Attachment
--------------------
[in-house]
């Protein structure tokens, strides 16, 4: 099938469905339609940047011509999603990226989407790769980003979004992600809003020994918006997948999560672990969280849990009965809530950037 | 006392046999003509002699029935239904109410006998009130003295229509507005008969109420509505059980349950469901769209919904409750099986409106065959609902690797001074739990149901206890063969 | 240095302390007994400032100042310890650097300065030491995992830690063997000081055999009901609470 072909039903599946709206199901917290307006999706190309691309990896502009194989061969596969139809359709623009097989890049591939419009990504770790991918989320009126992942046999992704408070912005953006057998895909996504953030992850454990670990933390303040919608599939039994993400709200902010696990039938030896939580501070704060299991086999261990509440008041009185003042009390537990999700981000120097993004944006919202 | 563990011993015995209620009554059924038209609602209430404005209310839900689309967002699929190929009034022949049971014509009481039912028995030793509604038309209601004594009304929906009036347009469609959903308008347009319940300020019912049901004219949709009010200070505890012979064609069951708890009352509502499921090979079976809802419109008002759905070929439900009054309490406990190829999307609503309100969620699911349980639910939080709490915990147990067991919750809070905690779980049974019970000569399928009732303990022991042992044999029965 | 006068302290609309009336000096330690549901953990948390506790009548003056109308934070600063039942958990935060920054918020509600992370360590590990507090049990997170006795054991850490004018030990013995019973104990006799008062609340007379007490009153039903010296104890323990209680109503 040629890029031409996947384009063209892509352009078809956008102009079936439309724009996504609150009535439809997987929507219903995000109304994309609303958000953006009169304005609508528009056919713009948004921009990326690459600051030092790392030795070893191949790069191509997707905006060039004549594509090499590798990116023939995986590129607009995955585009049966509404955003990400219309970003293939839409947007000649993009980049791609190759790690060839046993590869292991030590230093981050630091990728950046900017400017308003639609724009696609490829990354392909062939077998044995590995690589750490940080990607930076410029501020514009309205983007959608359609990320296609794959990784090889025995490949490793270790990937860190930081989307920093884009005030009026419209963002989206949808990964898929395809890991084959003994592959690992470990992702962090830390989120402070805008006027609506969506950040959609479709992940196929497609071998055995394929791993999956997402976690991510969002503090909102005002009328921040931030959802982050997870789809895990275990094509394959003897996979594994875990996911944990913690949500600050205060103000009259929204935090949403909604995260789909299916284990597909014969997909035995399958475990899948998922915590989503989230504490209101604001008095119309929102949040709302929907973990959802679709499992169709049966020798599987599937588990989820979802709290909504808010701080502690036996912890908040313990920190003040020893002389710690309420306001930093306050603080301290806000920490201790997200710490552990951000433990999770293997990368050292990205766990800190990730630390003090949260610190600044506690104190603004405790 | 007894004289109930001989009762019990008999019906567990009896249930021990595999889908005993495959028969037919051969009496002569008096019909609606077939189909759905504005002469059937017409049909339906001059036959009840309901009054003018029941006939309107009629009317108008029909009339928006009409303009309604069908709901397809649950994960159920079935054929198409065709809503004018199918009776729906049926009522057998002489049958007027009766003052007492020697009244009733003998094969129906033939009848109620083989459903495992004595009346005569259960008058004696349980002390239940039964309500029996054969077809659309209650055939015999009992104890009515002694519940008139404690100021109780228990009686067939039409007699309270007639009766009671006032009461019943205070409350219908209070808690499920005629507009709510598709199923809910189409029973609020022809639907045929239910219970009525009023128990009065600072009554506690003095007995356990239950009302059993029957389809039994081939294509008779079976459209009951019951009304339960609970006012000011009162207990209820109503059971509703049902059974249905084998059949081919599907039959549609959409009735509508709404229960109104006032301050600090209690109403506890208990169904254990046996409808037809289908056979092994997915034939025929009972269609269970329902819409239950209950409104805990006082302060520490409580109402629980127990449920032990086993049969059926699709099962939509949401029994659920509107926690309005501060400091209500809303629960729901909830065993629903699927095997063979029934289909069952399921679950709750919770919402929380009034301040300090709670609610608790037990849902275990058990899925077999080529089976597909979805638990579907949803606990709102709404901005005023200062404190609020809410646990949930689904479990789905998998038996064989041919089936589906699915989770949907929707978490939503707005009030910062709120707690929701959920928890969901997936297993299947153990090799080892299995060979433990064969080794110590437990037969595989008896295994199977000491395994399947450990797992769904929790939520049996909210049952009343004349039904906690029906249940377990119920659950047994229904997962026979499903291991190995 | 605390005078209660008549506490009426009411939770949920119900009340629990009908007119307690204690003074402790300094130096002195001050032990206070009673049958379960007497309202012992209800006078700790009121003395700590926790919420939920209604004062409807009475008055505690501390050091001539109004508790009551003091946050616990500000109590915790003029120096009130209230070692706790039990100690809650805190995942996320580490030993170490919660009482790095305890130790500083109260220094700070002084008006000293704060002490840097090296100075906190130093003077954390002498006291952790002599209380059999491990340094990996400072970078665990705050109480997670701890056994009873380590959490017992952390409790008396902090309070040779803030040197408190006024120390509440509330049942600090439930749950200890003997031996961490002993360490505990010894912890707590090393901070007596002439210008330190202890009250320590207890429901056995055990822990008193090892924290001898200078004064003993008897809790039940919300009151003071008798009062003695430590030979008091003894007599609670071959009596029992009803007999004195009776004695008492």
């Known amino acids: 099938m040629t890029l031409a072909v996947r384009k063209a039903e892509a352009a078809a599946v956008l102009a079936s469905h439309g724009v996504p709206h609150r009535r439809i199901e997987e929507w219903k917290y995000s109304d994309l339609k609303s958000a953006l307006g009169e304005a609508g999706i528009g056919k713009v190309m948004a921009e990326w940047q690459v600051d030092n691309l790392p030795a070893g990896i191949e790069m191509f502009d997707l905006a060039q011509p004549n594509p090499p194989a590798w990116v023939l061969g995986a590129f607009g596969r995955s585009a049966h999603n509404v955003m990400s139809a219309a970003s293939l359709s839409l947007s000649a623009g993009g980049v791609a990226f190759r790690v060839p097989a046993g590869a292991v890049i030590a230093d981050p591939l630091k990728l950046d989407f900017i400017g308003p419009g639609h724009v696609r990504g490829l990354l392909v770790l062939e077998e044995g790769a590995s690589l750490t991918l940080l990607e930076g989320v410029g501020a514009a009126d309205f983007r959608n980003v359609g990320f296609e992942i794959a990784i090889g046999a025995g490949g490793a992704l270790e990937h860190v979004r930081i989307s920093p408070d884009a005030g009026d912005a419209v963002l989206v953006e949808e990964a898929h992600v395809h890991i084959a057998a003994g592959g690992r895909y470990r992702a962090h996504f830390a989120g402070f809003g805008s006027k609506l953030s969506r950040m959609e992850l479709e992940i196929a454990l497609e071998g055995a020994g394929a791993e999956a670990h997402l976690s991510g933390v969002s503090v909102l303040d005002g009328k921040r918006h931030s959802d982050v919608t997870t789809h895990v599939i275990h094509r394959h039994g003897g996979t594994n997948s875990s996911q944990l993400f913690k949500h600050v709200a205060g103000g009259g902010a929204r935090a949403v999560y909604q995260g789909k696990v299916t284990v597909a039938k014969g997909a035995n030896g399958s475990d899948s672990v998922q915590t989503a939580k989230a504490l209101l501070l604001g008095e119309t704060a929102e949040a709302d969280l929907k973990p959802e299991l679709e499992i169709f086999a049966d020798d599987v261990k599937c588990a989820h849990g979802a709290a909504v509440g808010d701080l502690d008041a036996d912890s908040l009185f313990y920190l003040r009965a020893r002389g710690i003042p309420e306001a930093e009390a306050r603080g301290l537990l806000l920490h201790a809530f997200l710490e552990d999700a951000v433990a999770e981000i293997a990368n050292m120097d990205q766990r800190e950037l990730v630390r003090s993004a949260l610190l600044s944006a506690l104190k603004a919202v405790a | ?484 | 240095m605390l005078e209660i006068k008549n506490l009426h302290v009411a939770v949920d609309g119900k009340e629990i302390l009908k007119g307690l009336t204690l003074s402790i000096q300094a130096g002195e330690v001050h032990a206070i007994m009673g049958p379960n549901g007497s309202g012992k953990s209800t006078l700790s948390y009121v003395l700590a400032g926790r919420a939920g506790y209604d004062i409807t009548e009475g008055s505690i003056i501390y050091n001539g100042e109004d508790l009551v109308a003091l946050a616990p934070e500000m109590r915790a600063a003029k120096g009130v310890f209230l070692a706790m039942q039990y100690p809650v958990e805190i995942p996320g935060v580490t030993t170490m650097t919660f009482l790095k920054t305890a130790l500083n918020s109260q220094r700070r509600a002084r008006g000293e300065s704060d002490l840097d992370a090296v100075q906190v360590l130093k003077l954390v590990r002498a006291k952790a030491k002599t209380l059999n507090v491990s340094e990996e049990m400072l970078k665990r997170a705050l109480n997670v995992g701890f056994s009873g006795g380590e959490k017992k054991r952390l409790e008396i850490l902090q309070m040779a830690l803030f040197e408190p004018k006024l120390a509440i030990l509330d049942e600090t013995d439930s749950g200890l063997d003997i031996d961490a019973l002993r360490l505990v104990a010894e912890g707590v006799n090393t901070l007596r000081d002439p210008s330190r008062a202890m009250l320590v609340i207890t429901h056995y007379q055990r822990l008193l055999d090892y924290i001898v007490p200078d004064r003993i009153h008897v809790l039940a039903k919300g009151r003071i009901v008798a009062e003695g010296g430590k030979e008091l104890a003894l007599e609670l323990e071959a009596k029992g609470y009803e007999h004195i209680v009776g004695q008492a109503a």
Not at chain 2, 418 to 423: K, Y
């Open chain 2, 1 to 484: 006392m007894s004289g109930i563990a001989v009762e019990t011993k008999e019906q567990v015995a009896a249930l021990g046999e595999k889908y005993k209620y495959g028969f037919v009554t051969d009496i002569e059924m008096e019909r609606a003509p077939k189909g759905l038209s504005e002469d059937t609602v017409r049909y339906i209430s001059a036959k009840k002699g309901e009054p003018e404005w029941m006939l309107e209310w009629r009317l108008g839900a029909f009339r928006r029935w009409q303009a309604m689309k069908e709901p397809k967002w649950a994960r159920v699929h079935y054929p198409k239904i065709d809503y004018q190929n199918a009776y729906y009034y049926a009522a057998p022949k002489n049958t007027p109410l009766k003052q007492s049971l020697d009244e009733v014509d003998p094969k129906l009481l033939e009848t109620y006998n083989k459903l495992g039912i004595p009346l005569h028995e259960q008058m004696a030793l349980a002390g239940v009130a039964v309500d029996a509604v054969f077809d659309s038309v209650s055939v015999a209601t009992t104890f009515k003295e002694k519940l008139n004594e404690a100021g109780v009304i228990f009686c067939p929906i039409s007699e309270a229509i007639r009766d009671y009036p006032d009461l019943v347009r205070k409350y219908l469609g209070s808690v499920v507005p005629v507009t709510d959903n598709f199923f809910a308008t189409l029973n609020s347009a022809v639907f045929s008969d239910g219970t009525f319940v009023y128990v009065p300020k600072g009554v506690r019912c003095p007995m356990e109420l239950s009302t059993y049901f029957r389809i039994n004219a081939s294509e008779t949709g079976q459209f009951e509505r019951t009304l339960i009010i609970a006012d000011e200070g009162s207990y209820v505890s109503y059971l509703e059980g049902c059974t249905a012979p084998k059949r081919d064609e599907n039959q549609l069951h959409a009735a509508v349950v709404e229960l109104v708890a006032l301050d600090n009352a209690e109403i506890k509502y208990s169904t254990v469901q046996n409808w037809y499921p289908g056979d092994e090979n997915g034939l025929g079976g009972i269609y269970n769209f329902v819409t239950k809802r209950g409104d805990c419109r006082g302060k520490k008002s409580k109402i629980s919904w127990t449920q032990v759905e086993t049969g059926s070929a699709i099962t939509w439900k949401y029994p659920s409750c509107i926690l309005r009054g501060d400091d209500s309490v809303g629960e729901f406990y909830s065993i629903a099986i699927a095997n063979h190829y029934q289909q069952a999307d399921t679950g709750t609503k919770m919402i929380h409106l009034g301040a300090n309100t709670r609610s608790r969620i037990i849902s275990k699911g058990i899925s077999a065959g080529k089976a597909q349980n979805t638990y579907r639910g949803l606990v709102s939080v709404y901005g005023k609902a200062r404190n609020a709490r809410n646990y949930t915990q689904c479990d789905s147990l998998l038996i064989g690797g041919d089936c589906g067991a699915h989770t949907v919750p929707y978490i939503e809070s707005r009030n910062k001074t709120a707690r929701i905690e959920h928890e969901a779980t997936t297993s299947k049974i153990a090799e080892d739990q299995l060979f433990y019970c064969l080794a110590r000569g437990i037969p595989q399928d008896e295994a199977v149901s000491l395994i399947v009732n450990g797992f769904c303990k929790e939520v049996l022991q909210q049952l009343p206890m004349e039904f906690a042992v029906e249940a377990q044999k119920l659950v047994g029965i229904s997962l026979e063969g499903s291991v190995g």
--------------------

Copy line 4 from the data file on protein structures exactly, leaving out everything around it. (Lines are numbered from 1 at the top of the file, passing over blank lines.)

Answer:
Not at chain 2, 418 to 423: K, Y